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  • Real estate as 529

    I purchased my first home for 300k in 2010. It is now worth 400k and I still need to pay 190k on it at 2.62%/15y. When I got my current home in 2014, I rented out the first one. I need to put about 4k/year on top of rent to cover the mortgage, income taxes and maintenance, so I am rather happy about that.

     

    My original plan was to keep the first home and sell it in 2030, when my first kid goes to college and use the 700k estimated selling price for college (I have more than one kid, no 529 yet). The problem I see is that if I sell in 2030 for 700k, I will pay taxes on 700-300=400k (I know it is more complicate and I can deduct the cost of the sale and of the purchase, but I am simplifying here). I am not sure if I will pay 16% capital gains taxes or regular income taxes on the 400k. Assuming regular income taxes, then this will eat half of my profits (39.6 marginal + 8.5 state).

     

    I am curious if I can move back (without wife and kids) in 2027, stay in the basement till 2029, rent the rest of the house, and sell in 2030 and claim it was my primary residence for 2 of the past 5 year prior to the sale. What happens if it is your primary residence, but you also rent part of it (maybe a room to a student, maybe more, maybe you AirBnB it)?

     

    Advice appreciated.

  • #2
    I wrote a post about this a while back.

    https://www.whitecoatinvestor.com/real-estate-as-a-college-savings-tool/

    First, you'll only have to pay taxes on $700K-$400K, you get to use the basis when you put it into service as a rental.

    Second, you pay it at a capital gains rate, but you pay a higher rate on depreciation recapture.

    If you're really willing to go through that much trouble to move back in, I agree you can probably avoid those taxes.
    Helping those who wear the white coat get a fair shake on Wall Street since 2011

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    • #3
      Thank you for the post. I have found more details here https://www.kitces.com/blog/limits-to-converting-rental-property-into-a-primary-residence-to-plan-for-irc-section-121-capital-gains-exclusion/ It is much much more complicated that I have initially thought. For example, if the house is partially rented out, you must "prorate". Also, if you live in the house for 2 years, move out for 13, then come back for another 2, you must exclude the appreciation during the 13 (or maybe 13-3, where 3 is the initial 5-2=3). Becomes very messy. What is worth doing is keeping records of every expense on the rental, since all that can be deducted. Otherwise, 529 seems much simpler. Must do some math to figure out if the rental actually make financial sense.

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      • #4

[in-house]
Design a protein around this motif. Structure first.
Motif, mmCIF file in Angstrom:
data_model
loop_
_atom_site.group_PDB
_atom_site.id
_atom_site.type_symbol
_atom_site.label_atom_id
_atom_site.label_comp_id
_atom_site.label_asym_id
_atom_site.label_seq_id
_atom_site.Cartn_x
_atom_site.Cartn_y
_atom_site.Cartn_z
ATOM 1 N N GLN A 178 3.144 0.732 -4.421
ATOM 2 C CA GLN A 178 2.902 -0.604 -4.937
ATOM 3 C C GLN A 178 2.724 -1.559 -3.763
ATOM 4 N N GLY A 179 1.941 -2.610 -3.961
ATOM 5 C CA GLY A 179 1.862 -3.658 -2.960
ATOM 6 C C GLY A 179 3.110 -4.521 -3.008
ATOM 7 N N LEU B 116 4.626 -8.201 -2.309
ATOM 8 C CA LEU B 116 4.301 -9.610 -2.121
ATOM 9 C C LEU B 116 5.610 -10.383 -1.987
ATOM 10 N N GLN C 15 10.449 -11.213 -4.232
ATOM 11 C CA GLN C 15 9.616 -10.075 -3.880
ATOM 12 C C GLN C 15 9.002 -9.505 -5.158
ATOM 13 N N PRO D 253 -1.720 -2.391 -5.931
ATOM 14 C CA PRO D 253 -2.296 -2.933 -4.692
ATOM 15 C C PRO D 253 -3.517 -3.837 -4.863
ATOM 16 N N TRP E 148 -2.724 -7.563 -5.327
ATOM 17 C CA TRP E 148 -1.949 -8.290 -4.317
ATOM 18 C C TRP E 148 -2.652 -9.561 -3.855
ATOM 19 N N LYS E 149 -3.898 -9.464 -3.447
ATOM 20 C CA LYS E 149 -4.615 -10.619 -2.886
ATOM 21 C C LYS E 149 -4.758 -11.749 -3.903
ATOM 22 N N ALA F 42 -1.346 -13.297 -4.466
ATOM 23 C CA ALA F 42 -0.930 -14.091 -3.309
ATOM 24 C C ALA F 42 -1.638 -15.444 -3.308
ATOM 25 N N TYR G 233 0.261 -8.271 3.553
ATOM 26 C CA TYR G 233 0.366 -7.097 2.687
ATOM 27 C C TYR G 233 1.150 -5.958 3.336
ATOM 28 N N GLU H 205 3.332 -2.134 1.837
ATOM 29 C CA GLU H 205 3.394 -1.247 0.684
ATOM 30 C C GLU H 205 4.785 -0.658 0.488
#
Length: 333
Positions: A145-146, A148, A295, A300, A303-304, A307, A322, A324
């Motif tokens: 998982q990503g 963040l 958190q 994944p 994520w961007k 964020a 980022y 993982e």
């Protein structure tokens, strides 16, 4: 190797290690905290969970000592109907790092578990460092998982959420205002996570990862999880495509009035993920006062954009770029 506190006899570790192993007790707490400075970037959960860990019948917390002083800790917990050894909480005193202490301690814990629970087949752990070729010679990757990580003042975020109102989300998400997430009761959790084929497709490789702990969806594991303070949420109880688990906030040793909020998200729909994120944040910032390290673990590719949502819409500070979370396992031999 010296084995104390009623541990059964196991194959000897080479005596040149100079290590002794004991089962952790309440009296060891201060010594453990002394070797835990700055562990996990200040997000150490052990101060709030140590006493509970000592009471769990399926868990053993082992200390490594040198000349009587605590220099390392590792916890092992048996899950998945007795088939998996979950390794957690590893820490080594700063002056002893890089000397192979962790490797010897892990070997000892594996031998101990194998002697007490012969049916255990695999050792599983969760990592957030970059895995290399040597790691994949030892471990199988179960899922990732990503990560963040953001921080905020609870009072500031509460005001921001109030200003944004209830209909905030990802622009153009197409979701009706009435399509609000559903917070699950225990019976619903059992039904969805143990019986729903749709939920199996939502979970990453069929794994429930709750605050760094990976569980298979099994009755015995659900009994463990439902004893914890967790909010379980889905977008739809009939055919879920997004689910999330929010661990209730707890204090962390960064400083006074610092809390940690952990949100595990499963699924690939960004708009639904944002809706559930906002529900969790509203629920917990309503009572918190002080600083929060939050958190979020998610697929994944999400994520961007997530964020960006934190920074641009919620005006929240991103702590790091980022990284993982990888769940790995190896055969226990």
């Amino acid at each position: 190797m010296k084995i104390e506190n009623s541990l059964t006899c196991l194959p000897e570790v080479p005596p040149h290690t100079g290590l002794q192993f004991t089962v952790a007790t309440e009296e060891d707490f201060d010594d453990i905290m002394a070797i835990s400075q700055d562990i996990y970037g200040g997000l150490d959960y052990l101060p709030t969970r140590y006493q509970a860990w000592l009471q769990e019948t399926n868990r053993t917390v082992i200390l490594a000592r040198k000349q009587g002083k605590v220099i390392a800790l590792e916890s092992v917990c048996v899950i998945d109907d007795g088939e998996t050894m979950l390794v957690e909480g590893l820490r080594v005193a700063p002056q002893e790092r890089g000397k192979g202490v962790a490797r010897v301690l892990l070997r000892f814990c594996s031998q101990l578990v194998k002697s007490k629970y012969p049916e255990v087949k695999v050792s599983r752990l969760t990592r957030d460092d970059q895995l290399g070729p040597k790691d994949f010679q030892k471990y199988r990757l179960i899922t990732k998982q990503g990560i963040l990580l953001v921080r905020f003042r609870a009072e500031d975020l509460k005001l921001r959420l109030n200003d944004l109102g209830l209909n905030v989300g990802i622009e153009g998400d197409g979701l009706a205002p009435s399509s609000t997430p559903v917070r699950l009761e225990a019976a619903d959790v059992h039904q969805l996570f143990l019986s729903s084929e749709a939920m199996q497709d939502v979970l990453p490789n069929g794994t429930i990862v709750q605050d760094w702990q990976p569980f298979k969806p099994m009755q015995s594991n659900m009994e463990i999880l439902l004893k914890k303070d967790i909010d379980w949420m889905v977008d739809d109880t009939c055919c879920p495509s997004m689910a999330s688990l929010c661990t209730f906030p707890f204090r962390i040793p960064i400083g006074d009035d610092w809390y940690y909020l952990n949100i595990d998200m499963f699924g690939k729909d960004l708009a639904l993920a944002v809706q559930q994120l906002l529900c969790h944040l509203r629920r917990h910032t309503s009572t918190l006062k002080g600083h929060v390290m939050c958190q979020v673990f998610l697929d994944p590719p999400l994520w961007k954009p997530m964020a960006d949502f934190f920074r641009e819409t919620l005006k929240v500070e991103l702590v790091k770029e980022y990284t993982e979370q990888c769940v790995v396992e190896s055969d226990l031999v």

I purchased my first home for 300k in 2010. It is now worth 400k and I still need to pay 190k on it at 2.62%/15y. When I got my current home in 2014, I rented out the first one. I need to put about 4k/year on top of rent to cover the mortgage, income taxes and maintenance, so I am rather happy about that.

         

        My original plan was to keep the first home and sell it in 2030, when my first kid goes to college and use the 700k estimated selling price for college (I have more than one kid, no 529 yet). The problem I see is that if I sell in 2030 for 700k, I will pay taxes on 700-300=400k (I know it is more complicate and I can deduct the cost of the sale and of the purchase, but I am simplifying here). I am not sure if I will pay 16% capital gains taxes or regular income taxes on the 400k. Assuming regular income taxes, then this will eat half of my profits (39.6 marginal + 8.5 state).

         

        I am curious if I can move back (without wife and kids) in 2027, stay in the basement till 2029, rent the rest of the house, and sell in 2030 and claim it was my primary residence for 2 of the past 5 year prior to the sale. What happens if it is your primary residence, but you also rent part of it (maybe a room to a student, maybe more, maybe you AirBnB it)?

         

        Advice appreciated.
        Click to expand...


        Presuming that the capital gains tax rates will remain the same for the next 14 years (anybody want to wage on that?), you will pay capital gains taxes at 25% on any depreciation recapture then at 20% on the balance of gain. By then, you will have depreciated 20 out of 27.5 years, so there will be that much to recapture. This doesn't go away even if you live there 2 of 5 years. You are still 14.9% ahead, though, if your marginal rate remains 39.6%.

        As you mentioned, you'll get to increase your basis (reduce the gain) by improvements to the property and your selling expenses will also reduce the gain.

        If you move back for 2 years, you would be able to exclude $250k of gain since it would be you only, not your spouse.
        Our passion is protecting clients and others from predatory advisors. Fox & Co CPAs, Fox & Co Wealth Mgmt. 270-247-6087

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